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Apologists contend than "after three days" is the same than "on the third day". I disagree even if I think the later does not conflict with the (about) 40 hours of Jesus' death duration, which is spread on three different calendar days.
Neil Godfrey issued some posts on the Vridar's blog about the Acts Seminar members' justifications for a 2nd cent. dating of 'Acts' and the author's knowledge of the Pauline epistles. I answer that here.
It took ten years for the Westar Acts Seminar to come up with the conclusion, among other ones, the author of 'Acts' knew the Pauline epistles and wrote 'Acts' in the early decades of the second century. I disagree on both points and here is why.
It was the consequence of a compromise about Jesus being 'the Son of God', between a pre-existent divinity (breaking monotheism) and just an empty honorary title: a man having God as the biological father.
It is quasi-certain two versions of 'Romans' were existing during Marcion's times, one complete, the other without the two last chapters. One conclusion is that the complete letter came first, before Marcion's version.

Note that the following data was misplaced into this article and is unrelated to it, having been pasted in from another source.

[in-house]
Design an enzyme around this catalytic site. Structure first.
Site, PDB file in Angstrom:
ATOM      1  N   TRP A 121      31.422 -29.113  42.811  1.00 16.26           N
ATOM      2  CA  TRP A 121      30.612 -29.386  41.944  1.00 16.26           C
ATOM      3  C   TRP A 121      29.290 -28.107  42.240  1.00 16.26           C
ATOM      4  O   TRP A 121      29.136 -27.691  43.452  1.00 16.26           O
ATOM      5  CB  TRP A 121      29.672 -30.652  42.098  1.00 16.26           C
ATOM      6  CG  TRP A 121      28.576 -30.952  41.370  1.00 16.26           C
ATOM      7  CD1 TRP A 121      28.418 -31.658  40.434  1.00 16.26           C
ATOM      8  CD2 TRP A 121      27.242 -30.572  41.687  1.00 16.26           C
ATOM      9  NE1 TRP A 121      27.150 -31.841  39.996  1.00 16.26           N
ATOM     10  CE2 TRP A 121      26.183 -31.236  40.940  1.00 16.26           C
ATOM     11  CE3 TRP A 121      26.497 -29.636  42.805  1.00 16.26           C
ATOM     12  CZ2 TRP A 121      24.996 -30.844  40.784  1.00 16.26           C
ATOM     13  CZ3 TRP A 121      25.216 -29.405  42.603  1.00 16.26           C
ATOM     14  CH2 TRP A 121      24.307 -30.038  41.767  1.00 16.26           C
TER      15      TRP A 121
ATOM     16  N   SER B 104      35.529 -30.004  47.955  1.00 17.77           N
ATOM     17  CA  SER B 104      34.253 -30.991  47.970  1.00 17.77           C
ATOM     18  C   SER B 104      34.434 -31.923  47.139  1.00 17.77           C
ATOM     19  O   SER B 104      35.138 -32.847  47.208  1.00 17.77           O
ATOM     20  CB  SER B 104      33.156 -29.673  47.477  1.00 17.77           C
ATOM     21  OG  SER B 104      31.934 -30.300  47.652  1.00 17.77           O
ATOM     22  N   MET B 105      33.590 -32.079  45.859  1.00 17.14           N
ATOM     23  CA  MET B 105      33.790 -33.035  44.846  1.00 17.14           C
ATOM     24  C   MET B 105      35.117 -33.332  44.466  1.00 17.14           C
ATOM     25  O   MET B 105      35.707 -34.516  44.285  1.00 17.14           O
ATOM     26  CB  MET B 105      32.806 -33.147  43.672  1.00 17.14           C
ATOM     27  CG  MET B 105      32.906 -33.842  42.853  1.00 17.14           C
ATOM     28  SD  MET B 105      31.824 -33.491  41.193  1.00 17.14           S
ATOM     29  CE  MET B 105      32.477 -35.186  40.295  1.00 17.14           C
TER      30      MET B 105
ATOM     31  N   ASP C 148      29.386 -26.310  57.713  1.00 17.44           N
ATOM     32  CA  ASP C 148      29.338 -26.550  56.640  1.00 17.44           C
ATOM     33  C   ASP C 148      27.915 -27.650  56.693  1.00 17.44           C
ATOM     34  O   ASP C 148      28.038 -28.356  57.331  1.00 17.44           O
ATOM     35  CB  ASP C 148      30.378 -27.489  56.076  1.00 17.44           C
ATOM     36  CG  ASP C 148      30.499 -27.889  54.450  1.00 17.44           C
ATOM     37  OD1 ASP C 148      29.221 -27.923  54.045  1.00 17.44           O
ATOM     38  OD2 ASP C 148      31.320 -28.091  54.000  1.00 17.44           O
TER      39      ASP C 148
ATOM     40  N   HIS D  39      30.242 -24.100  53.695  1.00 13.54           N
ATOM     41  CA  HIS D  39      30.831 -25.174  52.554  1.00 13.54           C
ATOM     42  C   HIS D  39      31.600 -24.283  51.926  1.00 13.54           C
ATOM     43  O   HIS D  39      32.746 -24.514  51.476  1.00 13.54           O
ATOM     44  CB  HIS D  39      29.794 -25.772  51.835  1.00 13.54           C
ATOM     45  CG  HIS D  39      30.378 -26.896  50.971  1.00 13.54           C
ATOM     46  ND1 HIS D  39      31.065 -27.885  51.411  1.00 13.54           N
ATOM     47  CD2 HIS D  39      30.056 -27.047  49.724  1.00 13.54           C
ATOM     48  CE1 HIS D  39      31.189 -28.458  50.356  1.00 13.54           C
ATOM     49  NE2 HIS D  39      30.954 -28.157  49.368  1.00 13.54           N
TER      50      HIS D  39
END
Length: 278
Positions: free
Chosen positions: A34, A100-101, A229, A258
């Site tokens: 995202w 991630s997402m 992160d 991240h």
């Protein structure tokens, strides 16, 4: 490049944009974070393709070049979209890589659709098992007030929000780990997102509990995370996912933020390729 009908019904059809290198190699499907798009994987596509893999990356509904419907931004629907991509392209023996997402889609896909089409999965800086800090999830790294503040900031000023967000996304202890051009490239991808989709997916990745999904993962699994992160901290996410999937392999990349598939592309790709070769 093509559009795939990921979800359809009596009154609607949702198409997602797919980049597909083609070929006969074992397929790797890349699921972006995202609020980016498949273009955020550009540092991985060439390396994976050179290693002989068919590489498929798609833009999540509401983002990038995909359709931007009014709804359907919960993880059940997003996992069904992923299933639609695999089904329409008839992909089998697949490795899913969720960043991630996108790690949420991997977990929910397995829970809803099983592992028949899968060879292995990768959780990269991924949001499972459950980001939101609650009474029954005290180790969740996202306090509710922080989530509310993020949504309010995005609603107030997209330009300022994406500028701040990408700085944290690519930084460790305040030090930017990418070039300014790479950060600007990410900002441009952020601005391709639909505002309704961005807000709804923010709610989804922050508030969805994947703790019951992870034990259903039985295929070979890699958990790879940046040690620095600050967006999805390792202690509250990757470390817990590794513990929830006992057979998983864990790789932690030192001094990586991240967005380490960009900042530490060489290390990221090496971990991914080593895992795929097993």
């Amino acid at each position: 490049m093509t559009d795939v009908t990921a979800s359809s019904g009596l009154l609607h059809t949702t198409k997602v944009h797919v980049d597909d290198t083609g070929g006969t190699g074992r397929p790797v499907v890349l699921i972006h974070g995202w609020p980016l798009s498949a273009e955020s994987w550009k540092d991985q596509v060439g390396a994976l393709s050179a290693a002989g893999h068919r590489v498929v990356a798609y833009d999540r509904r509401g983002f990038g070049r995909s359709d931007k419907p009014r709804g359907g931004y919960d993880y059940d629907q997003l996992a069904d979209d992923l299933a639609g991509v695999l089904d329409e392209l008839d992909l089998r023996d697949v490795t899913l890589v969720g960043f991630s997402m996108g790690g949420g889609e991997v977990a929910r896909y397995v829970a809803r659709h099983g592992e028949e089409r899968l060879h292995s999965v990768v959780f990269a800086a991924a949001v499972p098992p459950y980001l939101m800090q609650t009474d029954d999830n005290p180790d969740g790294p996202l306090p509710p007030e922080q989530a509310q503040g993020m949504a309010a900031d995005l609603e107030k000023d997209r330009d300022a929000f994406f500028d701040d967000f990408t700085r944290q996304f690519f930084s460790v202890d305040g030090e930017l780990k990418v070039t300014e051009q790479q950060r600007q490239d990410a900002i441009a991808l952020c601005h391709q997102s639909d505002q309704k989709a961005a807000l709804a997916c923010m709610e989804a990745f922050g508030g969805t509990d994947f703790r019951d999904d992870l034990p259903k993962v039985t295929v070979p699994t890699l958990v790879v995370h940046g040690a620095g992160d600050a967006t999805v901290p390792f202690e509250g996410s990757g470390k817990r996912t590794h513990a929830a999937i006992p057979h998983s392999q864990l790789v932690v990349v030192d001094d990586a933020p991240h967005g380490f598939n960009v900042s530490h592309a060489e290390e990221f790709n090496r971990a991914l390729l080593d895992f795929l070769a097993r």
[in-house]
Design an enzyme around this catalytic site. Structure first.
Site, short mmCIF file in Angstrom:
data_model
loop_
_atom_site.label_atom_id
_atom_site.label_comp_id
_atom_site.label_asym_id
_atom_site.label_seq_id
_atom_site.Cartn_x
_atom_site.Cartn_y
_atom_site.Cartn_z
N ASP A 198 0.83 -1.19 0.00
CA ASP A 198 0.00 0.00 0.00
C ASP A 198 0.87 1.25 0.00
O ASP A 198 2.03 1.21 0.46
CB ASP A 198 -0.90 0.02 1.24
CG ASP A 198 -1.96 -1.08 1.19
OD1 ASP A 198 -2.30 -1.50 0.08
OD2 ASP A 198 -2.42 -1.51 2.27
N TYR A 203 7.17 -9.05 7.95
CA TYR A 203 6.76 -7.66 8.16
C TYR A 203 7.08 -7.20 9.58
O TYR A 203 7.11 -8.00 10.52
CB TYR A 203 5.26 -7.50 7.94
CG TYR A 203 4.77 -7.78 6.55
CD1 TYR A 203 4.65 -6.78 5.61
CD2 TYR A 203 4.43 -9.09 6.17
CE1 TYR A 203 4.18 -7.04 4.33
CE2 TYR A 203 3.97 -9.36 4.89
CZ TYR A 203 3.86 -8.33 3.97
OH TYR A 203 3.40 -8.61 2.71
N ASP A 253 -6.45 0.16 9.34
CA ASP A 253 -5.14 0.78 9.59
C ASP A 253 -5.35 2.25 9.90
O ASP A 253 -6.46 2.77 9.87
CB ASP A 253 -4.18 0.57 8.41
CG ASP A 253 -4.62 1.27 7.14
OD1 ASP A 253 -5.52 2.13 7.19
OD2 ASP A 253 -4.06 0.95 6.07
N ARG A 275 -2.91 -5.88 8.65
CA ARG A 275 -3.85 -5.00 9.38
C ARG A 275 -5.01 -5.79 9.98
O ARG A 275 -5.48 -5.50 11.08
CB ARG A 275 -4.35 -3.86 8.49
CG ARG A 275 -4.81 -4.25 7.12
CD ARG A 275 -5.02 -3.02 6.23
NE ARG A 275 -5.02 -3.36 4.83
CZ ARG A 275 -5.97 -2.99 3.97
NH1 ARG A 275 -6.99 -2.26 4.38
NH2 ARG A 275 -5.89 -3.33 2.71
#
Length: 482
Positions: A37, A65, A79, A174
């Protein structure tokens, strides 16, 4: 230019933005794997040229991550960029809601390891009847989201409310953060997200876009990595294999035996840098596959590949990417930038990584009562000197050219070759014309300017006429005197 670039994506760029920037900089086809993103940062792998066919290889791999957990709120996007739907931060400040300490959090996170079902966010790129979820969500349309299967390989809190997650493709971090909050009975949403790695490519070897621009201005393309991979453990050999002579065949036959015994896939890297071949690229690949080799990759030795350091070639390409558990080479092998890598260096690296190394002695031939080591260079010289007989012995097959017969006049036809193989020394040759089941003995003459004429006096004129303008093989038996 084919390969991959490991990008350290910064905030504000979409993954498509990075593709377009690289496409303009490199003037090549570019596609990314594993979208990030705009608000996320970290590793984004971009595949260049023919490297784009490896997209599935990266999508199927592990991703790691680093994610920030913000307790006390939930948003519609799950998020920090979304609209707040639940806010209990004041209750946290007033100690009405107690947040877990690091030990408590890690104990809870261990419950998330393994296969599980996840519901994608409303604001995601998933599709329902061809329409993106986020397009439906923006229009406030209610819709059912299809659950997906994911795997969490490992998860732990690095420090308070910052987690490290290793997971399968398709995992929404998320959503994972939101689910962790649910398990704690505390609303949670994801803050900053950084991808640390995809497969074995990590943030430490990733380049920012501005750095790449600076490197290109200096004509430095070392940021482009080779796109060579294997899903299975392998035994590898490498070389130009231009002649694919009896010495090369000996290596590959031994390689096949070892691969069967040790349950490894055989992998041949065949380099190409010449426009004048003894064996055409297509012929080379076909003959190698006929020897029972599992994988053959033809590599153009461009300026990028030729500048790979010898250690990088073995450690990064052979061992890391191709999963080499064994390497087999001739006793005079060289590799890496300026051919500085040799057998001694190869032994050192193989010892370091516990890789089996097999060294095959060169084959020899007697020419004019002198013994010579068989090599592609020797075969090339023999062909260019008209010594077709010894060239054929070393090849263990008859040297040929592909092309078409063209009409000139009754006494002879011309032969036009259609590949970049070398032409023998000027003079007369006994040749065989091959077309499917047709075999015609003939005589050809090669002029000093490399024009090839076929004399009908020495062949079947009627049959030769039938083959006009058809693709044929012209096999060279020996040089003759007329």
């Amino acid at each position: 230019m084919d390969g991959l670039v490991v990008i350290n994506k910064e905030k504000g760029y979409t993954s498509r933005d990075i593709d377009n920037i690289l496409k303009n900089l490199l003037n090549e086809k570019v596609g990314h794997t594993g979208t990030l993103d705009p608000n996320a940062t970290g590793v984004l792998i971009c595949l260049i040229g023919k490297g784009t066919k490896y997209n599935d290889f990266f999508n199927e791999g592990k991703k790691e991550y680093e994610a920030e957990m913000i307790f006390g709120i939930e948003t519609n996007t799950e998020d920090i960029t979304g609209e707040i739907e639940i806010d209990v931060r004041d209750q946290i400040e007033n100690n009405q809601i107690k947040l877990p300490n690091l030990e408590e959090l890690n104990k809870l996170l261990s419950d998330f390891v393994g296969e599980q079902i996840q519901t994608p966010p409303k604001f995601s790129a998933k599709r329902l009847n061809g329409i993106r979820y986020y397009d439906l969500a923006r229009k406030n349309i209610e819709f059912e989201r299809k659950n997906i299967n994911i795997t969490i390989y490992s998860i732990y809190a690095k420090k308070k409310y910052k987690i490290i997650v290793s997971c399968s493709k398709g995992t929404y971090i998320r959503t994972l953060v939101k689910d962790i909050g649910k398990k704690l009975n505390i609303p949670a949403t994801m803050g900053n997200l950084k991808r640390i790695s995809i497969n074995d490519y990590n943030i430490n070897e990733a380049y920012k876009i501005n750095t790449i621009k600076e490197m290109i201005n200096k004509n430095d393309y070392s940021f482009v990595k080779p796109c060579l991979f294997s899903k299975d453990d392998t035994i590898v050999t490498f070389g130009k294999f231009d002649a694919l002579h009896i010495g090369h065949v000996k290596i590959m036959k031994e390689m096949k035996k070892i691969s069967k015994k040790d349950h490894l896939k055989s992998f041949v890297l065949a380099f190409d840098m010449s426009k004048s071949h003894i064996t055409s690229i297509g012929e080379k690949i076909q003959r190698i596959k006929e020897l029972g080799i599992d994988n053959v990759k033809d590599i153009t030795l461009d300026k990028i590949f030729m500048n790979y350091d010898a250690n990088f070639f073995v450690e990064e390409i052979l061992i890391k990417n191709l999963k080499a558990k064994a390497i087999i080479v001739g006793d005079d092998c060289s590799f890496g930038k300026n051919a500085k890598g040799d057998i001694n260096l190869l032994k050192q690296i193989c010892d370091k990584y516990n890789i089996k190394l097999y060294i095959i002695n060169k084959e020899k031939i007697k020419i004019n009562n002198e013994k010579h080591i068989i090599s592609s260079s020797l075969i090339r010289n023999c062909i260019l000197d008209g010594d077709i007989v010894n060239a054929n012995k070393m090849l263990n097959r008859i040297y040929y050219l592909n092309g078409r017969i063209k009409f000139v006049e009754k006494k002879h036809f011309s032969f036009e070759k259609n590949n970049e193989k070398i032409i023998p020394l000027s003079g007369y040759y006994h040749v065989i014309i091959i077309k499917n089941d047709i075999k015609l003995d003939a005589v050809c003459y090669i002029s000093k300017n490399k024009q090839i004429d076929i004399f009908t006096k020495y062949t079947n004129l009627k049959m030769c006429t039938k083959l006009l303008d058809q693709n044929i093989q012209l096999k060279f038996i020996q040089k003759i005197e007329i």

If "Luke" had 'Antiquities': a) Atomistic tunnel vision and total ignorance of the context would be required to make the error. b) Significant differences between the two versions of Theudas' story would not appear.
According to two examples in ancient Greek literature, secular and religious, “likeness” can be used for a man originating from human parent when allegedly, he is the result of the incarnation of a divine being.
Another example on how desperate is Doherty in his search for evidence supporting his crucifixion in heaven and the non-existence of an earthly & human Jesus (PS: Carrier follows Doherty's conclusion on that!).
I'll examine the arguments of Bart Ehrman in his new book “Did Jesus Exist?” regarding the authenticity of the main Testimonium Flavianum, which describes, among other things, Jesus as a very popular teacher with Jews & Gentiles.
A fair number of scholars (even agnostic ones) now accept Jesus was uneducated but still have him as a teacher. It is rather ironic they think that, in view of their low opinion of amateurs (even educated ones) and of their works on early Christianity.